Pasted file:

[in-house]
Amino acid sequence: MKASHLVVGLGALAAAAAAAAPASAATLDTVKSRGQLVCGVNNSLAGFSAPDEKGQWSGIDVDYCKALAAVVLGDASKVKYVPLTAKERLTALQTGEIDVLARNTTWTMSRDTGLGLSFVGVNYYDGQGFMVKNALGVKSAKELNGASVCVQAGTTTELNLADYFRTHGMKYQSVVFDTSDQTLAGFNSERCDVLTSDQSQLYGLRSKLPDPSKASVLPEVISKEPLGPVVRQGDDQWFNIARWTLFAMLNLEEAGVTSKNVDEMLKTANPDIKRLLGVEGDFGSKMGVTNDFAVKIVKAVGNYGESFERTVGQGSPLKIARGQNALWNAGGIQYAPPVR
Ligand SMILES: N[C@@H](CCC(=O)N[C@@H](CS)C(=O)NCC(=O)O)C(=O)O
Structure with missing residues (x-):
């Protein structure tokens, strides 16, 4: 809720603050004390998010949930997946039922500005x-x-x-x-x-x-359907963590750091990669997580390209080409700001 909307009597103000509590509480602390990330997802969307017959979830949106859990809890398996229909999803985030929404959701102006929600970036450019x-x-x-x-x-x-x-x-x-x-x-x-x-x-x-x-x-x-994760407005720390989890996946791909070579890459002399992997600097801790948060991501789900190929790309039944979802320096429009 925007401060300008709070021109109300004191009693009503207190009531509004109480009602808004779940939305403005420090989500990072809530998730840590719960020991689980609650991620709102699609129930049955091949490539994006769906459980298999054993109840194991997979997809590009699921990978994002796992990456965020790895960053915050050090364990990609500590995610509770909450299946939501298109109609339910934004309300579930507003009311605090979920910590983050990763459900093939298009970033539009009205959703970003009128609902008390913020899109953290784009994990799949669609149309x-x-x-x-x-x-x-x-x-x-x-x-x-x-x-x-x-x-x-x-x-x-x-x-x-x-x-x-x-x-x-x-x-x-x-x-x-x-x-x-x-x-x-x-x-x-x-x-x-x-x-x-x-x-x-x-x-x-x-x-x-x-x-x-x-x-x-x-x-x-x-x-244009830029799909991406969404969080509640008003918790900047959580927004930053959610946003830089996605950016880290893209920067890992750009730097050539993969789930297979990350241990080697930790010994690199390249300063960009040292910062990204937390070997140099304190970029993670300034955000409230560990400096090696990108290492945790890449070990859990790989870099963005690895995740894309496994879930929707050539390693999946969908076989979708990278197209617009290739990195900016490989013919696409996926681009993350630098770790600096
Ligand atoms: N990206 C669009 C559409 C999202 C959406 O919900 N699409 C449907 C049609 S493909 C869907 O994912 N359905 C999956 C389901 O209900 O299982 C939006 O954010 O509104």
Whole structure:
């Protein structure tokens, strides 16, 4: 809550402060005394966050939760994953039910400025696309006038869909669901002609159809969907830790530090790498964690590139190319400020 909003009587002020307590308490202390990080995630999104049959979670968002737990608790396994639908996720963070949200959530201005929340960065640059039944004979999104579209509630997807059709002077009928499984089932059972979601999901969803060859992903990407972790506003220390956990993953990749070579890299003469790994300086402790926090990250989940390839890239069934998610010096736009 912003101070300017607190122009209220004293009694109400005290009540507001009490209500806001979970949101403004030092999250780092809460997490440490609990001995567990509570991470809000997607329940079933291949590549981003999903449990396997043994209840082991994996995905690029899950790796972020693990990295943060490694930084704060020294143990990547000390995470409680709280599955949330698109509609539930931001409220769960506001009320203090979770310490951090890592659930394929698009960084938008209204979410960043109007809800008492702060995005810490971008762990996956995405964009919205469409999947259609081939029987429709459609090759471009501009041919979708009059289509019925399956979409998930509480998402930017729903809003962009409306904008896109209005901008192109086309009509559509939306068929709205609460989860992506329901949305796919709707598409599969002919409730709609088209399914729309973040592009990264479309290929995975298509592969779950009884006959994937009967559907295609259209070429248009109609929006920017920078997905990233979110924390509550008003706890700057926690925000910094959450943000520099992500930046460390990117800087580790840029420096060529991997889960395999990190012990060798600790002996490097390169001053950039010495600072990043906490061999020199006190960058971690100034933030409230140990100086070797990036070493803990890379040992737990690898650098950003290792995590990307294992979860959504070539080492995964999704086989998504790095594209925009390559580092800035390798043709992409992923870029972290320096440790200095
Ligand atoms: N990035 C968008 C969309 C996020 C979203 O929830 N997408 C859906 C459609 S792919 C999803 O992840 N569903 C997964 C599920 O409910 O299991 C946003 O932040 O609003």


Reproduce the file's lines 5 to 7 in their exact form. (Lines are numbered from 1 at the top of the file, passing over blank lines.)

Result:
């Protein structure tokens, strides 16, 4: 809720603050004390998010949930997946039922500005x-x-x-x-x-x-359907963590750091990669997580390209080409700001 909307009597103000509590509480602390990330997802969307017959979830949106859990809890398996229909999803985030929404959701102006929600970036450019x-x-x-x-x-x-x-x-x-x-x-x-x-x-x-x-x-x-994760407005720390989890996946791909070579890459002399992997600097801790948060991501789900190929790309039944979802320096429009 925007401060300008709070021109109300004191009693009503207190009531509004109480009602808004779940939305403005420090989500990072809530998730840590719960020991689980609650991620709102699609129930049955091949490539994006769906459980298999054993109840194991997979997809590009699921990978994002796992990456965020790895960053915050050090364990990609500590995610509770909450299946939501298109109609339910934004309300579930507003009311605090979920910590983050990763459900093939298009970033539009009205959703970003009128609902008390913020899109953290784009994990799949669609149309x-x-x-x-x-x-x-x-x-x-x-x-x-x-x-x-x-x-x-x-x-x-x-x-x-x-x-x-x-x-x-x-x-x-x-x-x-x-x-x-x-x-x-x-x-x-x-x-x-x-x-x-x-x-x-x-x-x-x-x-x-x-x-x-x-x-x-x-x-x-x-x-244009830029799909991406969404969080509640008003918790900047959580927004930053959610946003830089996605950016880290893209920067890992750009730097050539993969789930297979990350241990080697930790010994690199390249300063960009040292910062990204937390070997140099304190970029993670300034955000409230560990400096090696990108290492945790890449070990859990790989870099963005690895995740894309496994879930929707050539390693999946969908076989979708990278197209617009290739990195900016490989013919696409996926681009993350630098770790600096
Ligand atoms: N990206 C669009 C559409 C999202 C959406 O919900 N699409 C449907 C049609 S493909 C869907 O994912 N359905 C999956 C389901 O209900 O299982 C939006 O954010 O509104």
Whole structure: